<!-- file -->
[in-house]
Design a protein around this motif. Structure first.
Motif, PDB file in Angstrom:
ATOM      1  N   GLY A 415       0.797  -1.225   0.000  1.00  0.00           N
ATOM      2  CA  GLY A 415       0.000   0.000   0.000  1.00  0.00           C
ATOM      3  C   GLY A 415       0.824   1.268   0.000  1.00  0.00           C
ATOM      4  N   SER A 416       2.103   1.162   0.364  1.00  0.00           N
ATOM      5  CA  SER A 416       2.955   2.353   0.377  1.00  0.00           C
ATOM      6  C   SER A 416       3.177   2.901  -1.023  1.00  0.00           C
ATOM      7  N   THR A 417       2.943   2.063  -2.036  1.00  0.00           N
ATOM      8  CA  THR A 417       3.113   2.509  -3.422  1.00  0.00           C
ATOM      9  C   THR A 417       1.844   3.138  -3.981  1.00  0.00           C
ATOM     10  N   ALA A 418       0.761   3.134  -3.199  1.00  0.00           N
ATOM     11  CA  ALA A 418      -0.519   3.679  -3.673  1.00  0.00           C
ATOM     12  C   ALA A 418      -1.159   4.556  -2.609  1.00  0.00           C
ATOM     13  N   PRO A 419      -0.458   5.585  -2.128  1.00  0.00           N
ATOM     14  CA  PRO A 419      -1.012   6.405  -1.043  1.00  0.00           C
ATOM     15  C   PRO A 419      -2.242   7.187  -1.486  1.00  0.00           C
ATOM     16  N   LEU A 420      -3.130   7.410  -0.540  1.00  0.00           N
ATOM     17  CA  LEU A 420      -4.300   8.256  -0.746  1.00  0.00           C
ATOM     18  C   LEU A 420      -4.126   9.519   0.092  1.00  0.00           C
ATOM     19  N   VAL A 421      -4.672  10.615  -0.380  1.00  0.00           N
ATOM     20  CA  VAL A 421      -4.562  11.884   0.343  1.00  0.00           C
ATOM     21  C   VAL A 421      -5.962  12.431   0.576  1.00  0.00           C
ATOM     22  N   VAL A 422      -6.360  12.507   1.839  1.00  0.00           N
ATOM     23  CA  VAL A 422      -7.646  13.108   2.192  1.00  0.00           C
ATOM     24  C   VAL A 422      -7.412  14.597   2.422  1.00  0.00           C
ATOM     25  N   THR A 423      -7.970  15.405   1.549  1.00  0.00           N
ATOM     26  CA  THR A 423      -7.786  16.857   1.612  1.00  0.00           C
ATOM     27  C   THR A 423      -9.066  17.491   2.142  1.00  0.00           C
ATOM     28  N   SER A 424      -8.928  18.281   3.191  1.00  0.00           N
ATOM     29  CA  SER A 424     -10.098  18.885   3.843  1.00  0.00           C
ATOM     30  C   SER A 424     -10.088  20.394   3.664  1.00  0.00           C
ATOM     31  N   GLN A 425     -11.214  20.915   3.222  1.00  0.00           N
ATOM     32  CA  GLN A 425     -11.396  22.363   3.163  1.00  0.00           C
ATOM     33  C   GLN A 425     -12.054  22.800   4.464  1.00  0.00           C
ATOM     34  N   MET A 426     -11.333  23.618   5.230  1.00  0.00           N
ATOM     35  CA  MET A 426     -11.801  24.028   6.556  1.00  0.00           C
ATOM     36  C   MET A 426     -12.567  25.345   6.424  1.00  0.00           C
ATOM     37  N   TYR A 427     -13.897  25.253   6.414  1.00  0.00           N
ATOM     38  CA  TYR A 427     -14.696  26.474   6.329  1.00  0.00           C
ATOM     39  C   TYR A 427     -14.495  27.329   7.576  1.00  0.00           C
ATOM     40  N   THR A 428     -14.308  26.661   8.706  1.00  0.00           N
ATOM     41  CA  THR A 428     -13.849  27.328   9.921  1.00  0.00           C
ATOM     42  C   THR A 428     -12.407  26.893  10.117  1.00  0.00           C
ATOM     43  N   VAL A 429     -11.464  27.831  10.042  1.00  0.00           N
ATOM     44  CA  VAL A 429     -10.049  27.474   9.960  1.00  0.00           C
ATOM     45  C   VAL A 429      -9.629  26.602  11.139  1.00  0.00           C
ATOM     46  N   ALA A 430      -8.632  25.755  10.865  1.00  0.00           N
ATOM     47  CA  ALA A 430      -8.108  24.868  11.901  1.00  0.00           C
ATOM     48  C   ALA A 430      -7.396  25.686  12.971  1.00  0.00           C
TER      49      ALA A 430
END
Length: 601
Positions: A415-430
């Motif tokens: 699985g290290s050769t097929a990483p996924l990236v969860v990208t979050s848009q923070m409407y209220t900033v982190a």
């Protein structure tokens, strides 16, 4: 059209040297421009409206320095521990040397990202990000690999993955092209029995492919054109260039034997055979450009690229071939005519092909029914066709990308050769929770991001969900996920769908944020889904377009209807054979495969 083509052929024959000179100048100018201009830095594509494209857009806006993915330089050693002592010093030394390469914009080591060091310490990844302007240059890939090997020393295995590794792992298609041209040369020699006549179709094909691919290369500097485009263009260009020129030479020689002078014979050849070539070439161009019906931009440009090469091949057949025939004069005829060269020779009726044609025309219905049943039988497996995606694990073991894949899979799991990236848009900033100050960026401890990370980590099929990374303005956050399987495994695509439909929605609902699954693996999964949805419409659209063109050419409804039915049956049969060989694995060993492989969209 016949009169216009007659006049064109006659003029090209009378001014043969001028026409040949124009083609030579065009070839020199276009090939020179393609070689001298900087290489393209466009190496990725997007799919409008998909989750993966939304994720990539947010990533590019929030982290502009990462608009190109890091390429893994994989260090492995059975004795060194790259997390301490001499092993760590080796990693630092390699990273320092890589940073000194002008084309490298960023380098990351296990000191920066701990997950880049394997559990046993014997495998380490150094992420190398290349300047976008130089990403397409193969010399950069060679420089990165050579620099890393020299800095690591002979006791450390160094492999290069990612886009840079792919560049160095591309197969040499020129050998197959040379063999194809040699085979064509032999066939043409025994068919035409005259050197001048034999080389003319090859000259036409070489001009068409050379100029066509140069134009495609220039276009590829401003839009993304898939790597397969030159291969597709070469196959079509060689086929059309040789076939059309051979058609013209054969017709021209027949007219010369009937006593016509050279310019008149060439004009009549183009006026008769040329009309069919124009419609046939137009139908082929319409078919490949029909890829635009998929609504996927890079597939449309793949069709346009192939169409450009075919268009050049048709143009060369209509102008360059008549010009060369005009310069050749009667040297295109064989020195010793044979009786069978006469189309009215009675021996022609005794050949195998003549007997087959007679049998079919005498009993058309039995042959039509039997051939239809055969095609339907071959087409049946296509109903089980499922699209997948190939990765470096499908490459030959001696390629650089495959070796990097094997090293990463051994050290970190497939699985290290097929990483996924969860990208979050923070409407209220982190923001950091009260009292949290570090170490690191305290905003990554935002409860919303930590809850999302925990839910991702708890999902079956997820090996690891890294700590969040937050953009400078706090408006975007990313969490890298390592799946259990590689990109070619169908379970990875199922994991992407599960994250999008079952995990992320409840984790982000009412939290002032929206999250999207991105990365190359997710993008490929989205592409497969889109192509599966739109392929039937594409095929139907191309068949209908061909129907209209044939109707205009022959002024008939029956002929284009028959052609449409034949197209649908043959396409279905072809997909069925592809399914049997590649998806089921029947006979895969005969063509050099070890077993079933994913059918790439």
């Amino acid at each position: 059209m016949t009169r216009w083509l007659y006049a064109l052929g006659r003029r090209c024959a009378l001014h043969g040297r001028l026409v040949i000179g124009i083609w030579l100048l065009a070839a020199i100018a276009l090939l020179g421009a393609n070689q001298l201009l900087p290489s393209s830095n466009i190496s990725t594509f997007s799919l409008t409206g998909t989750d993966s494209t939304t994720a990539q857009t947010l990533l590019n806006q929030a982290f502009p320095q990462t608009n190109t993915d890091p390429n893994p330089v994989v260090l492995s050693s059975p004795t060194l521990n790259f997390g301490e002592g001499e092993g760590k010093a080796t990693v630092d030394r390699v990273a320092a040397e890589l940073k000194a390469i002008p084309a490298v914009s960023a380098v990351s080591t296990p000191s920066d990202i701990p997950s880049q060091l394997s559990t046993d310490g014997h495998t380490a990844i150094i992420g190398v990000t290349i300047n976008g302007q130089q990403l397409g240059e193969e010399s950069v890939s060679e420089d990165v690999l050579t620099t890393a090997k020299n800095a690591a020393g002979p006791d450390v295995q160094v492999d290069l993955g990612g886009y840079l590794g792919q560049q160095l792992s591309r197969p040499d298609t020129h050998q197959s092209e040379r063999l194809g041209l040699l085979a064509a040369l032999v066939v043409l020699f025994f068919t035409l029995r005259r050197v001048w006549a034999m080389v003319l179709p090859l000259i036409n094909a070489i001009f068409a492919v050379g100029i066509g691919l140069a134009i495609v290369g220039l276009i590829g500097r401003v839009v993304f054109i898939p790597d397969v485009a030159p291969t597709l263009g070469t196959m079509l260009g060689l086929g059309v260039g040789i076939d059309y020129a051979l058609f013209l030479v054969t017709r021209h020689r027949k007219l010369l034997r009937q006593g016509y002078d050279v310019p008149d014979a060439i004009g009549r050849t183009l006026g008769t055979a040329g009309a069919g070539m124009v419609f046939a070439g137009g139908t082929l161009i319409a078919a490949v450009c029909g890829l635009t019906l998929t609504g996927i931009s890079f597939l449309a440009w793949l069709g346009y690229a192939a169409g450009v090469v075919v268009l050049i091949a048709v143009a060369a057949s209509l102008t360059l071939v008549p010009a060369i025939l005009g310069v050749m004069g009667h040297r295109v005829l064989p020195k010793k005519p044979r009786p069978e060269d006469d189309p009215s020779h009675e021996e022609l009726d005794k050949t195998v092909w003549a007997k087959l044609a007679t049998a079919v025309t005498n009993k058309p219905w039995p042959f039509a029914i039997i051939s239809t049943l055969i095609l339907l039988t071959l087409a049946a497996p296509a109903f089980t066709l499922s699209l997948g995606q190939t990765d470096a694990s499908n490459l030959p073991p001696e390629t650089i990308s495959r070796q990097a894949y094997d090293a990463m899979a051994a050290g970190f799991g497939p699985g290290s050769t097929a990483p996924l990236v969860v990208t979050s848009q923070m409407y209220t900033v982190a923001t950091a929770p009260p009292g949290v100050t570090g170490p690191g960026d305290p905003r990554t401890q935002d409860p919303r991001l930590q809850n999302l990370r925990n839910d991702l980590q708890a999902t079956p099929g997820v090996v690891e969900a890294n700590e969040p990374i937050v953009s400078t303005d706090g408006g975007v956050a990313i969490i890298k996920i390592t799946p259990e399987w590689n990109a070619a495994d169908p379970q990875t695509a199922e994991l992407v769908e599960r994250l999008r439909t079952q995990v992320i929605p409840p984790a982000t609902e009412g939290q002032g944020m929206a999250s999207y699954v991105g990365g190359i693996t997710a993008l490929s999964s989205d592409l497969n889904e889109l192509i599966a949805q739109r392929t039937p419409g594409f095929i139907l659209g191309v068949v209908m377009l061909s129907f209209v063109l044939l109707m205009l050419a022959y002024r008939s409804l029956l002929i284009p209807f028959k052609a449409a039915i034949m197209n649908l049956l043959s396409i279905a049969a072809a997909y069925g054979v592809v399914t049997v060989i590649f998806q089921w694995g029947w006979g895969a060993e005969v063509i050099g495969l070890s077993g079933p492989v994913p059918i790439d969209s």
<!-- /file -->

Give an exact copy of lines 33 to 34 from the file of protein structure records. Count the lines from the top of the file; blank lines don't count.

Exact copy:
ATOM     30  C   SER A 424     -10.088  20.394   3.664  1.00  0.00           C
ATOM     31  N   GLN A 425     -11.214  20.915   3.222  1.00  0.00           N